Uncovering Original Ideas

There is no such thing as a new idea. It is impossible. We simply take a lot of old ideas and put them into a sort of mental kaleidoscope. We give them a turn and they make new and curious combinations. We keep on turning and making new combinations indefinitely; but they are the same old pieces of colored glass that have been in use through all the ages.

~ Mark Twain

The sentiment above can be found in Twain's autobiography, and I find it to be an artful way of communicating what I think is simply a plain truth in the world of storytelling--it's all been done before. 

Original ideas are exceedingly rare, and by that I mean that we're talking generational timelines here. The major literary blockbusters of the new millennium aren't original stories. Fifty Shades of Grey and the Twilight saga have been done before (and much better, I might add); even J.K. Rowling's admittedly imaginative magnum opus, the Harry Potter series, owes a narrative debt to the works of such masters as C.S. Lewis and Madeleine L'Engle.

I find this idea liberating and comforting, all at the same time. I recently finished my first fiction since wrapping up my doctoral degree at UCF (a novella about introducing shoggoths into the treatment of infertility), and it has been exhilarating taking work back out on submission and then settling into another story. 

I ran hard today, thinking about which of the dozen or so stories that have been banging around in my head I wanted to write would be. I thought about length and plot and themes and markets. I thought about deadlines and workflow and attempting something new and fresh.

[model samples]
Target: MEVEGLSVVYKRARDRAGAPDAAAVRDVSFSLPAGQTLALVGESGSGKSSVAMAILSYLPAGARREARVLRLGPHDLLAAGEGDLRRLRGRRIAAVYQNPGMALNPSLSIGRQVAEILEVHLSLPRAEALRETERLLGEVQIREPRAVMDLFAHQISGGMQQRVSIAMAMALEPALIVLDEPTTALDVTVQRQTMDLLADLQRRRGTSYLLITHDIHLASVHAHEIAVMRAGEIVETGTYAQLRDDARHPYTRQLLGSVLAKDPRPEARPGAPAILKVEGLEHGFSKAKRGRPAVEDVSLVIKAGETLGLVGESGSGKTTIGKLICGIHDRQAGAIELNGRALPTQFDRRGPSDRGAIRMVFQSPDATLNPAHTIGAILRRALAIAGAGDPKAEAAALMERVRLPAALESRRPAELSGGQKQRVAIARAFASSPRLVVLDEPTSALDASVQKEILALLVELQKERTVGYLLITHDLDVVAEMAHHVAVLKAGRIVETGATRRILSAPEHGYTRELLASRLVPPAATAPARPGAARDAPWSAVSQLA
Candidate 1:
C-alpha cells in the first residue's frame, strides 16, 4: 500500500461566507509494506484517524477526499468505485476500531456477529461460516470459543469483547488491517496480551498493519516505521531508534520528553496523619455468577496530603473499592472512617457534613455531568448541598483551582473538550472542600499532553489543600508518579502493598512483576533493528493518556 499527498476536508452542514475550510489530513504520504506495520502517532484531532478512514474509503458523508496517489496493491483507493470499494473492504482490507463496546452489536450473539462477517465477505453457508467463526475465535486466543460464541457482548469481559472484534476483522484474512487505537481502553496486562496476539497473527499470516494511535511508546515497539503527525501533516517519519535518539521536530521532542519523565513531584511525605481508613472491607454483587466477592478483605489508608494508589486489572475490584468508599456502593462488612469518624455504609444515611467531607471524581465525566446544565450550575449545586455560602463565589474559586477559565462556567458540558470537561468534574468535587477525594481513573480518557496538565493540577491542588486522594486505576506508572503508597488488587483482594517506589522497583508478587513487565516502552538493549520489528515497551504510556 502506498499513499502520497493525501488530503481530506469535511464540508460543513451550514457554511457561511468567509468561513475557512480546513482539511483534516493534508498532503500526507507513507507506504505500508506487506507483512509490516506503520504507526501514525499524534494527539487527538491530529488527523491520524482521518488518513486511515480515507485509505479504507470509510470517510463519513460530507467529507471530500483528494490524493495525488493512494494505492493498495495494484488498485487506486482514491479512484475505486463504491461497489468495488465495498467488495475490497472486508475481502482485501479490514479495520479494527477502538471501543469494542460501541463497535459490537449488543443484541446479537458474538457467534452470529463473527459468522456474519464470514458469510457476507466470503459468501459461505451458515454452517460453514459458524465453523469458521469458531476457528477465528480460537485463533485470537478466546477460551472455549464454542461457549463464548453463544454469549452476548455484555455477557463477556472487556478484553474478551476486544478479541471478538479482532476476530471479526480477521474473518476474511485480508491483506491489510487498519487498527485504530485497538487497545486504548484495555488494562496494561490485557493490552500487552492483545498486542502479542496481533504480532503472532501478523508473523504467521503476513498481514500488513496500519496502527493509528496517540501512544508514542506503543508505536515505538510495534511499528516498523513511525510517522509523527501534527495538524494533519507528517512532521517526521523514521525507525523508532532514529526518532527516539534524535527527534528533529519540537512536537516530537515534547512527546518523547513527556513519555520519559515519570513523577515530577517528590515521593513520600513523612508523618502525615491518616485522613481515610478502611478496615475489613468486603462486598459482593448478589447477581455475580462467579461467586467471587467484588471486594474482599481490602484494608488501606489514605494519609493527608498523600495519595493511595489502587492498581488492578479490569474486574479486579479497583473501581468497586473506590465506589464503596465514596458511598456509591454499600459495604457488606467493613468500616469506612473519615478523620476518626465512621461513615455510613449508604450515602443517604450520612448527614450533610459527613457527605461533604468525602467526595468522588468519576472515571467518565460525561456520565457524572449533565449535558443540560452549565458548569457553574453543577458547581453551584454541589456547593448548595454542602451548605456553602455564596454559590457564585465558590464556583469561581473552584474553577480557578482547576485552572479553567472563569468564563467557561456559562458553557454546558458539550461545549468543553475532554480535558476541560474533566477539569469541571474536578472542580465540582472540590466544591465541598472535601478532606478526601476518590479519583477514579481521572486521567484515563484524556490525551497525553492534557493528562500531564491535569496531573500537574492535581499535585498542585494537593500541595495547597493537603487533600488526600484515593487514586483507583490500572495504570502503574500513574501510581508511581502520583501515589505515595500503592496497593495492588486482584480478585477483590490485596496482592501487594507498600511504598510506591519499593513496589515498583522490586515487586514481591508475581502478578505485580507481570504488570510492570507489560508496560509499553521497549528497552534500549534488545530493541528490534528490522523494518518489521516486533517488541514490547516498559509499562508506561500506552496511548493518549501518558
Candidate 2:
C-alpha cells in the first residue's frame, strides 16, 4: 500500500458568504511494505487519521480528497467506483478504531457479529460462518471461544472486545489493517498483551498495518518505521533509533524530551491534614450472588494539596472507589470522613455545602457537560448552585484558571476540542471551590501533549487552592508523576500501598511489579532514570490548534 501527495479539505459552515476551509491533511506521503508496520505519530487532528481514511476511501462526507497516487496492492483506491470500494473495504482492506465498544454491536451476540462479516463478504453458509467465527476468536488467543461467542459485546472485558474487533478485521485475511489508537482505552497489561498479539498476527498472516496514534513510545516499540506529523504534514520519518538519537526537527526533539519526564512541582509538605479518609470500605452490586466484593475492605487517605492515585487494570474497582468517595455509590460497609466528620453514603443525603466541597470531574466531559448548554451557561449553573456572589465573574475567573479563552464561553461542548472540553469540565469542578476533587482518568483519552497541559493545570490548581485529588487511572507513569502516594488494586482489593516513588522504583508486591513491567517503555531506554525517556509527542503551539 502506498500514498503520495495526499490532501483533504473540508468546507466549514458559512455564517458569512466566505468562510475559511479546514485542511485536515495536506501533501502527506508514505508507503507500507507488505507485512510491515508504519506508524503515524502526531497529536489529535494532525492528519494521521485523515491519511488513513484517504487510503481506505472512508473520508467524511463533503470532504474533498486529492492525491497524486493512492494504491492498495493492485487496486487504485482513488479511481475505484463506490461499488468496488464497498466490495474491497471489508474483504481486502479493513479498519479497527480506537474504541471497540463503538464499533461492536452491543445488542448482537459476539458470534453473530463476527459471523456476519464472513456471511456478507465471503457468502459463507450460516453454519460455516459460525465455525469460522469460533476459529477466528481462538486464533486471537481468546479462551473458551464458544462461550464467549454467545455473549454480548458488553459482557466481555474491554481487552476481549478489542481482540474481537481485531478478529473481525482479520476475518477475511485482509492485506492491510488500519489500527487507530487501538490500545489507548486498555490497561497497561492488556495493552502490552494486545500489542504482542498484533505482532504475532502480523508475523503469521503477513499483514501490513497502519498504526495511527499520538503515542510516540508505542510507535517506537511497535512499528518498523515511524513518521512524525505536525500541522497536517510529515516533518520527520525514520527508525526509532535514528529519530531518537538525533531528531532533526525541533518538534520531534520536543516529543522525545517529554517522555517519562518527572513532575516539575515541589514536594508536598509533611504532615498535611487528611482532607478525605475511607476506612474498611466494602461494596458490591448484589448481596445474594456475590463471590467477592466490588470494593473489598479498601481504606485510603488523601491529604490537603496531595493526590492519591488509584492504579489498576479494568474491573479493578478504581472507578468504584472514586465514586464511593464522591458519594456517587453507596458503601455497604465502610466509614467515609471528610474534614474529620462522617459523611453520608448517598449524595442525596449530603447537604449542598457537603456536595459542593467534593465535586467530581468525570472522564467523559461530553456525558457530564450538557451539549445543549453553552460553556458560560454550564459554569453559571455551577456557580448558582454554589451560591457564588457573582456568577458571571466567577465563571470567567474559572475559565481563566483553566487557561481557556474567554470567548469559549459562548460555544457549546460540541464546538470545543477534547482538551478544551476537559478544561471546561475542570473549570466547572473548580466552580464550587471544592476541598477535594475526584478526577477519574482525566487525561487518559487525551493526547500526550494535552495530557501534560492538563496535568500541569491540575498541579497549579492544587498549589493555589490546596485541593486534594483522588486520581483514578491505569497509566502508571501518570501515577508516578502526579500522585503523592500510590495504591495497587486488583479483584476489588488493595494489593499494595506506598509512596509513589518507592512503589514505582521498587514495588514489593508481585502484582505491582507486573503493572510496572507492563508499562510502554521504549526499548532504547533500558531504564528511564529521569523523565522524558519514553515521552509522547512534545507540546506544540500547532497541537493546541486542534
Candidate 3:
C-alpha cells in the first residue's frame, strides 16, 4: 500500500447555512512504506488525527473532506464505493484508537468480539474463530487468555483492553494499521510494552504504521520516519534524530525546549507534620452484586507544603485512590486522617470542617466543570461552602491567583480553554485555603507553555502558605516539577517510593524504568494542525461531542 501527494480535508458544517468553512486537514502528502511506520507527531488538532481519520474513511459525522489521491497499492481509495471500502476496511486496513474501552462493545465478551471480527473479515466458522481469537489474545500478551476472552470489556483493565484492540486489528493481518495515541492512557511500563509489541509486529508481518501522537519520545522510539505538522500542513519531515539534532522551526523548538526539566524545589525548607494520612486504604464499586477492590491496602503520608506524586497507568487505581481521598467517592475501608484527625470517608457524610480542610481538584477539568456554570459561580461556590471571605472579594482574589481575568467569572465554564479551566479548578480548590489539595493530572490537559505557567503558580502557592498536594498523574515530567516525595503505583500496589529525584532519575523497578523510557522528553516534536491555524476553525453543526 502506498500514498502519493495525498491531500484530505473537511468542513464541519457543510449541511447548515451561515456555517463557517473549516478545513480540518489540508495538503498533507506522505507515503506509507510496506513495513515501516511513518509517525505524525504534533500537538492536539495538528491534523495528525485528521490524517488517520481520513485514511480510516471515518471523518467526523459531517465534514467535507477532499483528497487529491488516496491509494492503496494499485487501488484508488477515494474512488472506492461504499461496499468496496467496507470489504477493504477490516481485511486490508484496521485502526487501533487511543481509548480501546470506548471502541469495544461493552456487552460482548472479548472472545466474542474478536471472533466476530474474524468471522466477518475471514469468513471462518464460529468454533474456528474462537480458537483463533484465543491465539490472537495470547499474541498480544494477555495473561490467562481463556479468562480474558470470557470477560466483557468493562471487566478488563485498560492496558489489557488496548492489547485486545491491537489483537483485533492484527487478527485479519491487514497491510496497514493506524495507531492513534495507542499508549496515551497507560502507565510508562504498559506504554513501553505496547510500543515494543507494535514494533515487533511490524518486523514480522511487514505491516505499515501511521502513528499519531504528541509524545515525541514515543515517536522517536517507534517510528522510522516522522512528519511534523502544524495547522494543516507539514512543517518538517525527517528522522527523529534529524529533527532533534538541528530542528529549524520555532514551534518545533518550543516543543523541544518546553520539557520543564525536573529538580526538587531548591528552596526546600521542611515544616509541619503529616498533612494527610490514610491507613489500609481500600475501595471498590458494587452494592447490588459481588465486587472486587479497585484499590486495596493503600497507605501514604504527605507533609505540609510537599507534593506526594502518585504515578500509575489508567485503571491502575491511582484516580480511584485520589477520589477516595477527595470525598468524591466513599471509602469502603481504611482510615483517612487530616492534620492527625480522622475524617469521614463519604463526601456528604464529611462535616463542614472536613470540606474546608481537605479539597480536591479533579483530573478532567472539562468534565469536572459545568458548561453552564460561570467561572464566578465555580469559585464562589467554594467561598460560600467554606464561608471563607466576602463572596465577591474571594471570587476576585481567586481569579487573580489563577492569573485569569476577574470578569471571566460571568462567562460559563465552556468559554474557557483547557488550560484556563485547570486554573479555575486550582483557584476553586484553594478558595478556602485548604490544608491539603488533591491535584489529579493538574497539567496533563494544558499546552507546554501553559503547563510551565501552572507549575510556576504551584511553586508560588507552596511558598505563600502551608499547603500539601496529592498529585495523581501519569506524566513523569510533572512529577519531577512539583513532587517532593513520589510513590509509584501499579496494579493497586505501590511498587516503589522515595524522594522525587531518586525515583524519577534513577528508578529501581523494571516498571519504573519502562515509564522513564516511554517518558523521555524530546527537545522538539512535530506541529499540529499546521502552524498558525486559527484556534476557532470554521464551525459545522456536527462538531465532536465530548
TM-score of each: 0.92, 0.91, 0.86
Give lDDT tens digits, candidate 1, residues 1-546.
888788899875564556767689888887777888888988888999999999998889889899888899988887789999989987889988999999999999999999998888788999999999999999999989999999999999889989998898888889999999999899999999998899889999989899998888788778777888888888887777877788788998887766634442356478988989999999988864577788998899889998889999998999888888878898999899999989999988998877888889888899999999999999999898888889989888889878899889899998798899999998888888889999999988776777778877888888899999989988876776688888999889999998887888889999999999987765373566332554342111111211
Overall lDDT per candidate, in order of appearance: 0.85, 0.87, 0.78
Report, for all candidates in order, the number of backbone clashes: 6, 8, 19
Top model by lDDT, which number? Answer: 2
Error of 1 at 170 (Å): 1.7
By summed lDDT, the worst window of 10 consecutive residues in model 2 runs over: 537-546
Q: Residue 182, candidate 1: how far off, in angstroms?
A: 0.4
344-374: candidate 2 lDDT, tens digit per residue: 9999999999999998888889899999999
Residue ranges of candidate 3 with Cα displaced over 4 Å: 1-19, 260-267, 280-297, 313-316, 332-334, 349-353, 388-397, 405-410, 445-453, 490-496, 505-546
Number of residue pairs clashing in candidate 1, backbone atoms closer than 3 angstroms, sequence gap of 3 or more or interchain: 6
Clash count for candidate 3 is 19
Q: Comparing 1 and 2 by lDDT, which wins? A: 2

And I found an "in" and I'm thrilled to be working on the next story. 

But the truth remains that every story we write is the product of taking an old idea and running it through the mental kaleidoscope. If the story works and is well told, creative, and says something about the human condition, then the writer has succeeded in making a "new and curious" work of art.

This is a great thing, and it's why I kick back every night for a few hours with a good book. I love reading different approaches to communicating universal truths.

I just read Ray Bradbury's sinister, delightful, perplexing, and masterful short story "The Veldt." It's a vicious tale, told largely in spare, keen dialogue punctuated sporadically with Bradbury's trademark virtuosity for breathless, whimsical description.

But is it a story about technological overreaching? That's a large part of it, sure, but at its core its about patricide and matricide, and the uncanny emotions of the maturing child. In that way, it's as timeless as the works by the ancient Greeks and just about everything in between--up through contemporary stories like Stephen King's "Children of the Corn."

It's important for writers never to become paralyzed by the looming specter of originality. Doing so may actually have an inverse effect, in which an attempt to create something wholly unique spins the artist off into the realm of foolishness, incoherence, or absurdity. 

Keep that imaginative cupboard in the back of the mind open. Listen to the world around you, and work to find those interesting connections that add depth and complexity to timeless human stories. Doing so is a clear and honest path toward good storytelling...

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